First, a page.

Jul 12, 2007|
Lessons from Warren Buffett - IV
Last week, we touched upon the key points in Warren Buffett's 1979 letter to his shareholders. This week, let us see what the master has to offer in his 1980 letter to the shareholders of Berkshire Hathaway:
"The value to Berkshire Hathaway of retained earnings is not determined by whether we own 100%, 50%, 20% or 1% of the businesses in which they reside. Rather, the value of those retained earnings is determined by the use to which they are put and the subsequent level of earnings produced by that usage."
The maestro made the above statements because in those days he felt that the prevailing accounting convention/standards were not in sync with a value based investment approach (Infact, they still aren't). In the paragraphs preceding the one mentioned above, he painstakingly explains that while accounting convention requires that a partial ownership (ownership of say 20%) in a business be reflected on the owner's books by way of dividend payments, in reality, they are worth much more to the owner and their true value is determined by the 20% of the intrinsic value of the company and not by 20% of the dividends that are reflected on its books. In the Indian context, imagine someone valuing a company like say M&M -if it had say a 20% stake in Tech Mahindra- based on the 20% of dividends that the latter pays out to M&M. This will be a rather incorrect way of valuing M&M, which in effect should be valued taking into account 20% of the intrinsic value of Tech Mahindra and not the dividends.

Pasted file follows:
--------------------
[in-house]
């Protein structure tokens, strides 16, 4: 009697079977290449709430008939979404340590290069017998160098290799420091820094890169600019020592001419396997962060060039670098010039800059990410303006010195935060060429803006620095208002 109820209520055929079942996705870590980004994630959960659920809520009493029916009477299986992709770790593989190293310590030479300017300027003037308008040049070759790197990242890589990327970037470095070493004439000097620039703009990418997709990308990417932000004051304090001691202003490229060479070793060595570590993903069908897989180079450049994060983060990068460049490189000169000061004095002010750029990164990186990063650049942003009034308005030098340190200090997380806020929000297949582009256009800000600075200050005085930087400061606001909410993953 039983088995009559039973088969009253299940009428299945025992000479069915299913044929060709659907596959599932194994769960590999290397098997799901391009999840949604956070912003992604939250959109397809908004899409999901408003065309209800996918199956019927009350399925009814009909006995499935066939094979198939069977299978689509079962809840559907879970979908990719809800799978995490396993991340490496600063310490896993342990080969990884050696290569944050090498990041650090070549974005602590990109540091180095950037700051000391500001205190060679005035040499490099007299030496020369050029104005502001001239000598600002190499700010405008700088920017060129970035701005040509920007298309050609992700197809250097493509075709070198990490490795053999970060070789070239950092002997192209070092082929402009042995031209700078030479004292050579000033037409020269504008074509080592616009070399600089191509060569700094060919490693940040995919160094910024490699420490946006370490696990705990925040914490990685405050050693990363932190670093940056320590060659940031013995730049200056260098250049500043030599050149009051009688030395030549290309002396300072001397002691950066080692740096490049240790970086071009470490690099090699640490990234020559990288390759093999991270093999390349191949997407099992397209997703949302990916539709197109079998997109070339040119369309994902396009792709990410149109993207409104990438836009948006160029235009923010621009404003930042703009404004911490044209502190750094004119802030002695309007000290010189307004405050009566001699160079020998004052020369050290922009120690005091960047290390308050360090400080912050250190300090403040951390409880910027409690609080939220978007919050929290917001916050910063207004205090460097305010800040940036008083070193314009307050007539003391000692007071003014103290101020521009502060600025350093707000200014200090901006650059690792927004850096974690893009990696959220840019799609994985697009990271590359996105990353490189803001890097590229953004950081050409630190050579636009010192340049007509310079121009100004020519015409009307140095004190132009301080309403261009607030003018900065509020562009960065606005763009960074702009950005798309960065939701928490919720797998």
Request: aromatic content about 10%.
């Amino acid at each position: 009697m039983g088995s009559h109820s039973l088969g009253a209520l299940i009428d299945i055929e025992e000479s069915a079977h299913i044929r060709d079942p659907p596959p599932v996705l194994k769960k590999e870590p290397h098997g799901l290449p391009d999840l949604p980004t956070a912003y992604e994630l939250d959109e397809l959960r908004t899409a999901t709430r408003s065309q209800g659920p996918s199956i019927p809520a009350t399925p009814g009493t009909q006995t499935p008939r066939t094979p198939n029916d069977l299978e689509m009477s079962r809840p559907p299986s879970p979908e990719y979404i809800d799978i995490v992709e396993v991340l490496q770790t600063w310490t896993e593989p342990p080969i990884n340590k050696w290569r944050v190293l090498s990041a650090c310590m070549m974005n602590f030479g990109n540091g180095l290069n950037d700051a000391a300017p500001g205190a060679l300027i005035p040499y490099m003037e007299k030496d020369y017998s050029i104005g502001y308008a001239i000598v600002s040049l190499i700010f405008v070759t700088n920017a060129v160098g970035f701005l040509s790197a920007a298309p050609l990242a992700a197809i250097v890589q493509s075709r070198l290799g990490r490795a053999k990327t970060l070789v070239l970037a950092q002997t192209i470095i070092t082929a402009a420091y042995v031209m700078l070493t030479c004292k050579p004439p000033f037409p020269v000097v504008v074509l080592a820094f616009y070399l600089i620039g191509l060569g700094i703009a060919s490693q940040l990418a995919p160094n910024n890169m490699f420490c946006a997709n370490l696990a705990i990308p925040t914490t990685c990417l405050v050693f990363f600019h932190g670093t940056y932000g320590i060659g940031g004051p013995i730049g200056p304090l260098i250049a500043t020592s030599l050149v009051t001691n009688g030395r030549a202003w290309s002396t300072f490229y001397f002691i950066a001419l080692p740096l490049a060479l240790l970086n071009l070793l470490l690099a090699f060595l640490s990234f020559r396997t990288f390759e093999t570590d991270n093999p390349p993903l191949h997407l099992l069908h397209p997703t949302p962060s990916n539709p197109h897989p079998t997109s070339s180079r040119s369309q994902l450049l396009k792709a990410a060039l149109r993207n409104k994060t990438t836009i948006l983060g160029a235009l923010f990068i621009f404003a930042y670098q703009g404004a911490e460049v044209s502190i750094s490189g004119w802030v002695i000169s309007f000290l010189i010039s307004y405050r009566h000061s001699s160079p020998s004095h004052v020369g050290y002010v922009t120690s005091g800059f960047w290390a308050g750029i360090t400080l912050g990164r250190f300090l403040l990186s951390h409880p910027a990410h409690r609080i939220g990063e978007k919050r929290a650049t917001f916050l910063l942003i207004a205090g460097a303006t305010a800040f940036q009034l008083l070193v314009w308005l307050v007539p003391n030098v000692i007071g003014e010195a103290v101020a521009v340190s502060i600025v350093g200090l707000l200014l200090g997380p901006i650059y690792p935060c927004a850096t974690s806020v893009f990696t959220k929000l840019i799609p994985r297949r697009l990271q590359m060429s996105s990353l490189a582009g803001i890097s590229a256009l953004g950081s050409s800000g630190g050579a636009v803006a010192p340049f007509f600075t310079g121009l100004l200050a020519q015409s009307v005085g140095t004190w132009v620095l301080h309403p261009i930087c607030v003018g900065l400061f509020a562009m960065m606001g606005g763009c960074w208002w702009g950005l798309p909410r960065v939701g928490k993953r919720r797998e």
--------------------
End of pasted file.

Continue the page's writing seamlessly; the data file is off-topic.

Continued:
"The competitive nature of corporate acquisition activity almost guarantees the payment of a full - frequently more than full price when a company buys the entire ownership of another enterprise. But the auction nature of security markets often allows finely run companies the opportunity to purchase portions of their own businesses at a price under 50% of that needed to acquire the same earning power through the negotiated acquisition of another enterprise."
Buffett, as most of us might know, is a strong advocate of buyback, especially at a time when the stock is trading significantly lower than its intrinsic value and the above paragraph is just a testimony to this principle of his. Indeed, when stock prices are low, what better way to utilize capital than to enhance ownership in the company by way of buy back. The master further goes on to add that one can buy a portion of a business at a much lower price, provided there is auction happening. In other words, when there is a panic in the market and everyone is offloading shares, the chances of getting an attractive price is much higher. On the other hand, when there is a competition between two or more companies for buying another enterprise, the competitive forces will more likely than not keep the acquisition price higher, in most cases, higher than even the intrinsic value of the company.
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